Clinical microbiology and infection vol:vol. 14 pages:S1-S815
European Congress of Clinical Microbiology and Infectious Diseases (ECCMID) edition:18th location:Barcelona, Spain date:19-22 April 2008
Objectives: Early diagnosis of invasive aspergillosis (IA) is essential to survival. Classical microbiological methods are slow and insensitive. Real-Time PCR offers the prospect of both faster and more sensitive microbiological confirmation of IA. FXG : RESP (Asp +) is a new test kit that detects both Aspergillus spp. and Pneumocystis jirovecii, utilising molecular beacons. This ready to use PCR assay consists of an extraction kit plus PCR assay and is CE marked. In this report we focus on the clinical performance for Aspergillus spp.
Methods: The FXG : RESP (Asp +) real-time PCR kit was tested on 198 respiratory specimens from a wide variety of patient groups, collected from 4 European hospitals. Analysis was carried out using an AB7500 thermocycler. Samples of BAL were mostly stored at -20 to -80C prior to DNA extraction using the MycXtra™ fungal DNA extraction kit,. Some sputum samples were also processed. The FXG : RESP (Asp +) results were compared with culture for Aspergillus spp. The whole assay time including extraction is <4 hours from BAL and <5 hours from sputum. The limit of detection was ~1 genome for A. fumigatus (as assessed by purified Af293 DNA), and this was used as the clinical cut-off. An internal amplification control reaction within the kit detects inhibitors that might affect the PCR reaction, although positive results in the presence of inhibition may be reported.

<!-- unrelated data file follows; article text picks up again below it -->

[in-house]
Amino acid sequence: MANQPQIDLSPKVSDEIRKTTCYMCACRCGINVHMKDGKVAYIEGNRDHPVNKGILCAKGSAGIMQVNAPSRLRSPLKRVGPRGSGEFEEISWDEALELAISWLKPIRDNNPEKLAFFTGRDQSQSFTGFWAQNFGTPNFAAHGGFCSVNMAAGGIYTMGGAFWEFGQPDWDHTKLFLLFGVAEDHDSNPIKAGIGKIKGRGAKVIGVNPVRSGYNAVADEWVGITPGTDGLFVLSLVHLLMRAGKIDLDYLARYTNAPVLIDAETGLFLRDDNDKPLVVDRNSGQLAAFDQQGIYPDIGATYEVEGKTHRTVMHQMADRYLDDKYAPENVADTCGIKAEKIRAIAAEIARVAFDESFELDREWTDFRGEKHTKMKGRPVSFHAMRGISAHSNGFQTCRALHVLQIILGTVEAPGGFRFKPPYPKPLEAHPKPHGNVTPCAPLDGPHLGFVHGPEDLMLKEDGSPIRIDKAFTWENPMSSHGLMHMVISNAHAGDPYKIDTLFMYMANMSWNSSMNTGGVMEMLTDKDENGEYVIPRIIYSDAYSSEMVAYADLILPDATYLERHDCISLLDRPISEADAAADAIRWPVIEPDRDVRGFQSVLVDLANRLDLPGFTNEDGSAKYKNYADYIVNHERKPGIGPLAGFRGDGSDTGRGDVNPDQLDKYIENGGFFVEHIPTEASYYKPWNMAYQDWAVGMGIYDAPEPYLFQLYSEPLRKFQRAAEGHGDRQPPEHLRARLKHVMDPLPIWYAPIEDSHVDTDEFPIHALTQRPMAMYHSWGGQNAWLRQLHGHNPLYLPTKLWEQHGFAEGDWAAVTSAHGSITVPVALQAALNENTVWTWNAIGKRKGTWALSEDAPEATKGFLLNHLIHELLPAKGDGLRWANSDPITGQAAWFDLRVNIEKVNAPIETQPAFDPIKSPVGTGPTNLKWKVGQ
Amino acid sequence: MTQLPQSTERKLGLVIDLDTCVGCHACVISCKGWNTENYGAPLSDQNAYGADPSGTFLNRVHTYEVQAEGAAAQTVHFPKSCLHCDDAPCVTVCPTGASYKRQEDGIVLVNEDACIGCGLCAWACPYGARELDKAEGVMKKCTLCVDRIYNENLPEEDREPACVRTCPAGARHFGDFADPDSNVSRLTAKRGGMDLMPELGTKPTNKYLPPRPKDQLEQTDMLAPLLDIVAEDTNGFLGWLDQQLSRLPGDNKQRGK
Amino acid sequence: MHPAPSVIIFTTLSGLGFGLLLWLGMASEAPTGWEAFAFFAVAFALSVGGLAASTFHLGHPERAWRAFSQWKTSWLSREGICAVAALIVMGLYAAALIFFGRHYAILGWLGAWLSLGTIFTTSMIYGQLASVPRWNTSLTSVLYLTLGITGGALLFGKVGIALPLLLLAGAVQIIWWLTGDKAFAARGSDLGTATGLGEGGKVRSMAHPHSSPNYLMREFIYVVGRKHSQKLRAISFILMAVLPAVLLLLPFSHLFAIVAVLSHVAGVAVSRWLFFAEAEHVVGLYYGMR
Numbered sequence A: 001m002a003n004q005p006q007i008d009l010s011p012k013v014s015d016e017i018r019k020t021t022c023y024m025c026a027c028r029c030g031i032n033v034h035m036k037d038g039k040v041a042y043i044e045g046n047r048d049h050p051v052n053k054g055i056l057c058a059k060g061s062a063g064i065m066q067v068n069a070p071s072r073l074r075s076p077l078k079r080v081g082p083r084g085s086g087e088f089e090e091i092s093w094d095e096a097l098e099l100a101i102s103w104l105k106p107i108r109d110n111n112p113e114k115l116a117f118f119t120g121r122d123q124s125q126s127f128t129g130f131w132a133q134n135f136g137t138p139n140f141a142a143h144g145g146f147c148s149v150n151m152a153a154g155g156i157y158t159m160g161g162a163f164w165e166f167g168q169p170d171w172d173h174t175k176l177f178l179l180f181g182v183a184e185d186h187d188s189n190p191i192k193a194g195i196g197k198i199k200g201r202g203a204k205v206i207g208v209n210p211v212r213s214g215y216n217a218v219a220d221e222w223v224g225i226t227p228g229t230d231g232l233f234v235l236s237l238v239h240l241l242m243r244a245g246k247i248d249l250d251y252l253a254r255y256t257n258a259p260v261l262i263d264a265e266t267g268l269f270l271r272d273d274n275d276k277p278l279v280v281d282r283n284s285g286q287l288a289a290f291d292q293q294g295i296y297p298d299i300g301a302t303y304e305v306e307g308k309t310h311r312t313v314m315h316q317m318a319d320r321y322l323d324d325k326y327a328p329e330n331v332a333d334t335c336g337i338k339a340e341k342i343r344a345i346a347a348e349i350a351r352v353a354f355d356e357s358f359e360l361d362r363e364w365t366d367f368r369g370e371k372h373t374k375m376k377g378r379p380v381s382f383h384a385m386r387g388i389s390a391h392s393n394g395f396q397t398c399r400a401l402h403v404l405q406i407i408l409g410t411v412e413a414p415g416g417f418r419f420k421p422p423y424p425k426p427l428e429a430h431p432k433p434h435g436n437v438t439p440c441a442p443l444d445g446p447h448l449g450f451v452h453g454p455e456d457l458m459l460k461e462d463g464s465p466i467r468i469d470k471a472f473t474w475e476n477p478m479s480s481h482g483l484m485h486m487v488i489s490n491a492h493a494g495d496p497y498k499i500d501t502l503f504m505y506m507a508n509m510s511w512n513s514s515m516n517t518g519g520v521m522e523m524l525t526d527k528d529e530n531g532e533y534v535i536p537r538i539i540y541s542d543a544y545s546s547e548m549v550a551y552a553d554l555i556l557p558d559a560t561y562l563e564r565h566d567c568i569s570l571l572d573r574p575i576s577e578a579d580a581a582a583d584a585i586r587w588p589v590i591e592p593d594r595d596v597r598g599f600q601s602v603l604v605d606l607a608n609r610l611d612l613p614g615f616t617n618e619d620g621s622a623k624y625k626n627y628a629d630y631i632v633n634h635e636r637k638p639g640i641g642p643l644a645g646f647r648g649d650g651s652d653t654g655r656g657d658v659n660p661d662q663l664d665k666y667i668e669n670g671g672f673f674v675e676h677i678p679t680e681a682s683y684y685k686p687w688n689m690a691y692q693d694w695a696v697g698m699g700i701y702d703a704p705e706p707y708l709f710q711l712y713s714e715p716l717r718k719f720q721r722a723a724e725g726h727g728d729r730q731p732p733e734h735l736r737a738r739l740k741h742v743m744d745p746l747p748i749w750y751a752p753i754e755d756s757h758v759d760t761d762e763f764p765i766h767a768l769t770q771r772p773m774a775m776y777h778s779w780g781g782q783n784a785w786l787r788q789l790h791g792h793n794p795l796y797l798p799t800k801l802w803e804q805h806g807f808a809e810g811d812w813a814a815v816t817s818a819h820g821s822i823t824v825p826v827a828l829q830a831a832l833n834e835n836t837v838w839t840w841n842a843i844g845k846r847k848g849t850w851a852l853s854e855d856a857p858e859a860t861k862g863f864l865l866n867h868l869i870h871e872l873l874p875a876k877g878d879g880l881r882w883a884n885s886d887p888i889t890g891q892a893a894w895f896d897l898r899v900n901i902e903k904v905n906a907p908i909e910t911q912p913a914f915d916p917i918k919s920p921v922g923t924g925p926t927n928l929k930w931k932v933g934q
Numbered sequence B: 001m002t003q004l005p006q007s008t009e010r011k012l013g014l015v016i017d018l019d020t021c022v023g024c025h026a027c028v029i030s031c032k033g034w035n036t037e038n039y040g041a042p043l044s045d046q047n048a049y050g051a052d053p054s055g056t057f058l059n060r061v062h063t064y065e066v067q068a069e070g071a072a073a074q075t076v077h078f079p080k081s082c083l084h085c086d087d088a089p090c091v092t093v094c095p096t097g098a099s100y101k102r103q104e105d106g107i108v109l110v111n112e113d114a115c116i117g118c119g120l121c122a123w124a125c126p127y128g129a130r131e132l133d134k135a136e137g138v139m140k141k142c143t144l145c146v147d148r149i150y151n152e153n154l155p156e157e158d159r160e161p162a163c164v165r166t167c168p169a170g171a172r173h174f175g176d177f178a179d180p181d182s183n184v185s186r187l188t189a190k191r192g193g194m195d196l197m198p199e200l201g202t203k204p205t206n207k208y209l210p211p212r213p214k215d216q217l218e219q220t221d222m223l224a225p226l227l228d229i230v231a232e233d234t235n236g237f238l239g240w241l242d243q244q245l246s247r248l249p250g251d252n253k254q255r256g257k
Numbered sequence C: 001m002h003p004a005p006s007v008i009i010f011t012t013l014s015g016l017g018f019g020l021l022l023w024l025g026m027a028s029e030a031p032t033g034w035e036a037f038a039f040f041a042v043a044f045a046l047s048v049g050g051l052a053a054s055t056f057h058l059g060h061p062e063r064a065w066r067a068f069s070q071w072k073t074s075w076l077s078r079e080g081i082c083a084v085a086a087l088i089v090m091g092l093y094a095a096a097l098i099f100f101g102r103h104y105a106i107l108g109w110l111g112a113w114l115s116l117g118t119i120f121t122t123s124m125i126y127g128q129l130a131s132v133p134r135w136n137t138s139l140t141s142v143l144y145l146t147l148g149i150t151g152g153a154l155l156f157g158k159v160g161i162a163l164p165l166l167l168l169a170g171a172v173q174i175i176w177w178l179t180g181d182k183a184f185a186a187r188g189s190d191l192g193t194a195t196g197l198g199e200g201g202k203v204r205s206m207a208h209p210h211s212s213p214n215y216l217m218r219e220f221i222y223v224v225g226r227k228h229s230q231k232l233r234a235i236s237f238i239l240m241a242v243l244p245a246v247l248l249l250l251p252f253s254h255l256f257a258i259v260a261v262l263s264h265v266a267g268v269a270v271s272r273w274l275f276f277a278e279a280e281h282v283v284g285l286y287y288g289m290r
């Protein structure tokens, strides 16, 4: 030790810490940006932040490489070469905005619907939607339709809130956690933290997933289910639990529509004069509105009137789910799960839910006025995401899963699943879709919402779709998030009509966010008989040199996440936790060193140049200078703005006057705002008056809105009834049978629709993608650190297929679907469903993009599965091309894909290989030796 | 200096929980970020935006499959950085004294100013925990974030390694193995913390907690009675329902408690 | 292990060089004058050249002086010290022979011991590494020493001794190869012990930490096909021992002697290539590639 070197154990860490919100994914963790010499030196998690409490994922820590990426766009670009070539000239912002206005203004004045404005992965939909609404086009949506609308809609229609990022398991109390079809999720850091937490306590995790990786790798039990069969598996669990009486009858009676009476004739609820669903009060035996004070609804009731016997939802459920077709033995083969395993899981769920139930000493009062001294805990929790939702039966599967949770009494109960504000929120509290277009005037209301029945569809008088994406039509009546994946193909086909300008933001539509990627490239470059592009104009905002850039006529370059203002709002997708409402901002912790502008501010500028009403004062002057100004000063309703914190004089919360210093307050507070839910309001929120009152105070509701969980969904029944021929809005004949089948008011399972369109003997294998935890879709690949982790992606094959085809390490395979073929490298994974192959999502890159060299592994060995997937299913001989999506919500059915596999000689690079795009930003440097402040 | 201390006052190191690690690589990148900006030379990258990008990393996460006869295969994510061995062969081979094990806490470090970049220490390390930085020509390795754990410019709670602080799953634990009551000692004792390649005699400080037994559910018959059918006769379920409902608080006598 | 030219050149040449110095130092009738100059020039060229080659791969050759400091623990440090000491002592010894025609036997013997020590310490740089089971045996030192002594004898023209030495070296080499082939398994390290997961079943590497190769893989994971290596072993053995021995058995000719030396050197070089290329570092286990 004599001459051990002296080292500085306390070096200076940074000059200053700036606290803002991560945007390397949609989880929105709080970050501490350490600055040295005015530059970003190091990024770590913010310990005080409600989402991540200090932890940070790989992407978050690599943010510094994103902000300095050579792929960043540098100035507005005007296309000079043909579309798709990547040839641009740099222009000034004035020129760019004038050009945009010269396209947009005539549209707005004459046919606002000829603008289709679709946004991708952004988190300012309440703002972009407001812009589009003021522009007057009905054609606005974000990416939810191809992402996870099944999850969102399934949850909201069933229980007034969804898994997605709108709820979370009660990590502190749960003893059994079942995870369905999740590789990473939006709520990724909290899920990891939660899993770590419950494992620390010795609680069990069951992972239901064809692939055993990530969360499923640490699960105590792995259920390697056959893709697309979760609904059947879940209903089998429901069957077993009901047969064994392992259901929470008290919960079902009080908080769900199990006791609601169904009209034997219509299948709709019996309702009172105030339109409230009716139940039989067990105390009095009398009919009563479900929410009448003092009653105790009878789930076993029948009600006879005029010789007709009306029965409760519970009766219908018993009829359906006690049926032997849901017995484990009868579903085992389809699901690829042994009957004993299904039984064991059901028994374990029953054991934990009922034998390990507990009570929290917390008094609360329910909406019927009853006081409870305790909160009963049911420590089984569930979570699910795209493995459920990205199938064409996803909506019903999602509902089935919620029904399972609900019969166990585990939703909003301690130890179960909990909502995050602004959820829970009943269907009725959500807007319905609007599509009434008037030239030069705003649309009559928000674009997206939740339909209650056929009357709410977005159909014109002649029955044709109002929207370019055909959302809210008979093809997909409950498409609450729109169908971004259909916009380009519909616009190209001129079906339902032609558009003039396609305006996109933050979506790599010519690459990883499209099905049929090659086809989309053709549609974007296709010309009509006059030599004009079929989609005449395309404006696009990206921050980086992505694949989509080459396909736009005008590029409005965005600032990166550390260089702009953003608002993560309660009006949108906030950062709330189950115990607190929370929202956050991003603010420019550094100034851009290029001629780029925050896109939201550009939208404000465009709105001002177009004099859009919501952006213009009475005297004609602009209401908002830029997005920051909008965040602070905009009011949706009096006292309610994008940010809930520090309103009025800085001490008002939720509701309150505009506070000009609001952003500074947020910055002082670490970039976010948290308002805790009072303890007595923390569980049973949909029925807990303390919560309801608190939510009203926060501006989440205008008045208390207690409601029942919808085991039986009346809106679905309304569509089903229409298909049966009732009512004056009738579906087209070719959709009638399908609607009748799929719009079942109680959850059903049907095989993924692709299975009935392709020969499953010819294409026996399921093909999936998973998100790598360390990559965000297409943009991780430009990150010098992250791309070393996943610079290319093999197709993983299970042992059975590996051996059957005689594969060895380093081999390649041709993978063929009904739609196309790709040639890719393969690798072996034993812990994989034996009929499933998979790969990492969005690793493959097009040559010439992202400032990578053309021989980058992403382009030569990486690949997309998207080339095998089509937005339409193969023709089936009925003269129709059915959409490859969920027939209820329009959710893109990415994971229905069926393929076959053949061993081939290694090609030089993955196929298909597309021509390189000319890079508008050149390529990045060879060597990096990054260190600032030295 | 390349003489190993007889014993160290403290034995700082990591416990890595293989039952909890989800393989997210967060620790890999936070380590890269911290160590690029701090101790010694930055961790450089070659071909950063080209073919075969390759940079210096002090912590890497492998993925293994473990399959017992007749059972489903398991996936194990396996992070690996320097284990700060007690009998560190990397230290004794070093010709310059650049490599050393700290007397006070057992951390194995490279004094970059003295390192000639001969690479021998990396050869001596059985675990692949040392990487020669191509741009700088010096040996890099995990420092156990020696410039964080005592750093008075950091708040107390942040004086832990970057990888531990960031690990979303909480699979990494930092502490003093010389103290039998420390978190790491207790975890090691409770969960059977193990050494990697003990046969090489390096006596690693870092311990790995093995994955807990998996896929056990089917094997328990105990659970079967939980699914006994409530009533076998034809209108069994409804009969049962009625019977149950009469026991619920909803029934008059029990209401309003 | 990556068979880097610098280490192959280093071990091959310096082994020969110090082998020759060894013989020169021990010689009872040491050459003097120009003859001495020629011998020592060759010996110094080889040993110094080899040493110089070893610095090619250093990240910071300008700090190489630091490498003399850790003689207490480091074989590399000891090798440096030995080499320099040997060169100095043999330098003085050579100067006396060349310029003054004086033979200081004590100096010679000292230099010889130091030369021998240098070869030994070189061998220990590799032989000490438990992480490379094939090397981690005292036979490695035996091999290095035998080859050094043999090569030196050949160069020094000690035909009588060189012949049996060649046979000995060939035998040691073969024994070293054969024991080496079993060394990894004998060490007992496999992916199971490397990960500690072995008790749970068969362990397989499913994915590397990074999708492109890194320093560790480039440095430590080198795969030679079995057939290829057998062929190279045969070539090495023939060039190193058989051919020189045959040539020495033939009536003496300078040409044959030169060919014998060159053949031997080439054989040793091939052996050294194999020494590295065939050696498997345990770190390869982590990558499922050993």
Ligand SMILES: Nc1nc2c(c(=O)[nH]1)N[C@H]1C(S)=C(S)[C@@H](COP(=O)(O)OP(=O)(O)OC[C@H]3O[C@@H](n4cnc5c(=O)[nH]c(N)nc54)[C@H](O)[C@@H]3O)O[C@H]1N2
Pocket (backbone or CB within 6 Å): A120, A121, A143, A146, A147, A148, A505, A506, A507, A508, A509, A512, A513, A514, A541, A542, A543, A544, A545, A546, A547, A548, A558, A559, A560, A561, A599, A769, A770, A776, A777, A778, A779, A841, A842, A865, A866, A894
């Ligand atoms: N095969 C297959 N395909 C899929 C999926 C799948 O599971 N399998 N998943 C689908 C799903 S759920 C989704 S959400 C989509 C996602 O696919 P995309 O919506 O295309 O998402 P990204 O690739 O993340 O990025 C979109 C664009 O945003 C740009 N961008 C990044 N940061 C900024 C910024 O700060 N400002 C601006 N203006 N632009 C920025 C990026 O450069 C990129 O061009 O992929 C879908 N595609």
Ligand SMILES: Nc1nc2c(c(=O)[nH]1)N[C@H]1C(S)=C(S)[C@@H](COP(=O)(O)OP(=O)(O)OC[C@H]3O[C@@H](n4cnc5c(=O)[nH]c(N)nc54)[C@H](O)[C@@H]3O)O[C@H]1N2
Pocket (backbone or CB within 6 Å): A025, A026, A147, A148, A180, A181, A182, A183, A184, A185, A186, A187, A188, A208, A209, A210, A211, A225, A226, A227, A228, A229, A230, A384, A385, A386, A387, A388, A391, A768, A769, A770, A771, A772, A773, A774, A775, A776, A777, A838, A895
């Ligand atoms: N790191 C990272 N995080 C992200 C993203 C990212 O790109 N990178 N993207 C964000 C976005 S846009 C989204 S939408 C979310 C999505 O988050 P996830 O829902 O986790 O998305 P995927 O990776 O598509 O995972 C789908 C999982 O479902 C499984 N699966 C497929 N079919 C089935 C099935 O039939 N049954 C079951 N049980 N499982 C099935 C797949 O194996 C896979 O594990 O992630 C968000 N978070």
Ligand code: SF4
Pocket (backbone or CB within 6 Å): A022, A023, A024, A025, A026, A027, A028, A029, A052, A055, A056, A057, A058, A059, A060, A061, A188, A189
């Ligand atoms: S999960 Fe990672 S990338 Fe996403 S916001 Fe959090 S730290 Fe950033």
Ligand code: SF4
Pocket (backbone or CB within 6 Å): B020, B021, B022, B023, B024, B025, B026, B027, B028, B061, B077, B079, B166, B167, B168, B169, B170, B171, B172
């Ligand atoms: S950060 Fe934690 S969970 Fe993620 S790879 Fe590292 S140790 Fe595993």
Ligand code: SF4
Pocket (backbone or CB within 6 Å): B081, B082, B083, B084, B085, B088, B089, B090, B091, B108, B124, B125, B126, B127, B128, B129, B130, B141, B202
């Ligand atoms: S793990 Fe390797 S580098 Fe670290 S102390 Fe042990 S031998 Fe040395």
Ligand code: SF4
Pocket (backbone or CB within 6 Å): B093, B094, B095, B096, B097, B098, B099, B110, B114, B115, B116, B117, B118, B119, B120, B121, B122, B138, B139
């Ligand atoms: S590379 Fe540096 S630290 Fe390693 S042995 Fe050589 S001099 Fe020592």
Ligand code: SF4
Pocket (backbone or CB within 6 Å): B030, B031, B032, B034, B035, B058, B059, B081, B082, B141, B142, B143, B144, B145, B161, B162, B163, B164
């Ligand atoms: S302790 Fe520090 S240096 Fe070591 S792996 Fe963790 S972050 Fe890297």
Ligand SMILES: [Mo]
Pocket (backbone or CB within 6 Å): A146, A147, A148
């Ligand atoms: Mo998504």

Results: Overall, for all 198 respiratory samples the sensitivity was 74% and specificity 93% with positive and negative predictive values 76% and 92% respectively. On 75 freshly collected sputum and other lower respiratory tract samples the sensitivity and specificity were 79% and 88% respectively. The FXG : RESP (Asp +) assay also detects Penicillium spp. as the target sequence in this fungus is identical. 3 samples were culture positive for Penicillium spp, and positive for FXG : RESP (Asp +) and recorded as ‘false positives’. The FXG : RESP (Asp +) does not detect Zygomycetes or Candida spp., and this was confirmed in the clinical study.
Conclusions: Overall the speed of detection and sensitivity of the FXG : RESP (Asp +) assay will bring considerable clinical benefits. Additional prospective and supportive clinical trials are ongoing.